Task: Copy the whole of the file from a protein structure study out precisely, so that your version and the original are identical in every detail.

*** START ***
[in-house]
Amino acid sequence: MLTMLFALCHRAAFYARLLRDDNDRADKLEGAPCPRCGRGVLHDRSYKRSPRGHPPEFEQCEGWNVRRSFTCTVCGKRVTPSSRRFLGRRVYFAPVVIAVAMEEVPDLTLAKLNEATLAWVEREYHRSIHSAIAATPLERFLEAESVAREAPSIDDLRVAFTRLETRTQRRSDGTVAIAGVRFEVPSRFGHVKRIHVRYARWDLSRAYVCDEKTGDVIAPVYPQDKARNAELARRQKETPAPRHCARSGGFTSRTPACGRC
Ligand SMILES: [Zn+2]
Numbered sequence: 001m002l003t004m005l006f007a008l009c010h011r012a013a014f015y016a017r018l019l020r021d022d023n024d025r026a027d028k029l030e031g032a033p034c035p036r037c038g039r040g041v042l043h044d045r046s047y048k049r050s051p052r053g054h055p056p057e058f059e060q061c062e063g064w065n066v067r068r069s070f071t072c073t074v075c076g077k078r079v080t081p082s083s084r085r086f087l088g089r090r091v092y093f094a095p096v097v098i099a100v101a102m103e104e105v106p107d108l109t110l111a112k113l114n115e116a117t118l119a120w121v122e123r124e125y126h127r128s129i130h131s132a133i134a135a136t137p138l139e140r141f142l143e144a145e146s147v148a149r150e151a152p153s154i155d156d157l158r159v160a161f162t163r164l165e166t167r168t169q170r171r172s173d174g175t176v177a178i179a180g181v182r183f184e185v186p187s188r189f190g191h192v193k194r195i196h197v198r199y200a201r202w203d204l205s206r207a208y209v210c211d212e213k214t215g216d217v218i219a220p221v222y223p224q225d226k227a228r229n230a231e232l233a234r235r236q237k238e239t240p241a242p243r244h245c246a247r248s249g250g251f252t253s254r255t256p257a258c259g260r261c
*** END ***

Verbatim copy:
[in-house]
Amino acid sequence: MLTMLFALCHRAAFYARLLRDDNDRADKLEGAPCPRCGRGVLHDRSYKRSPRGHPPEFEQCEGWNVRRSFTCTVCGKRVTPSSRRFLGRRVYFAPVVIAVAMEEVPDLTLAKLNEATLAWVEREYHRSIHSAIAATPLERFLEAESVAREAPSIDDLRVAFTRLETRTQRRSDGTVAIAGVRFEVPSRFGHVKRIHVRYARWDLSRAYVCDEKTGDVIAPVYPQDKARNAELARRQKETPAPRHCARSGGFTSRTPACGRC
Ligand SMILES: [Zn+2]
Numbered sequence: 001m002l003t004m005l006f007a008l009c010h011r012a013a014f015y016a017r018l019l020r021d022d023n024d025r026a027d028k029l030e031g032a033p034c035p036r037c038g039r040g041v042l043h044d045r046s047y048k049r050s051p052r053g054h055p056p057e058f059e060q061c062e063g064w065n066v067r068r069s070f071t072c073t074v075c076g077k078r079v080t081p082s083s084r085r086f087l088g089r090r091v092y093f094a095p096v097v098i099a100v101a102m103e104e105v106p107d108l109t110l111a112k113l114n115e116a117t118l119a120w121v122e123r124e125y126h127r128s129i130h131s132a133i134a135a136t137p138l139e140r141f142l143e144a145e146s147v148a149r150e151a152p153s154i155d156d157l158r159v160a161f162t163r164l165e166t167r168t169q170r171r172s173d174g175t176v177a178i179a180g181v182r183f184e185v186p187s188r189f190g191h192v193k194r195i196h197v198r199y200a201r202w203d204l205s206r207a208y209v210c211d212e213k214t215g216d217v218i219a220p221v222y223p224q225d226k227a228r229n230a231e232l233a234r235r236q237k238e239t240p241a242p243r244h245c246a247r248s249g250g251f252t253s254r255t256p257a258c259g260r261c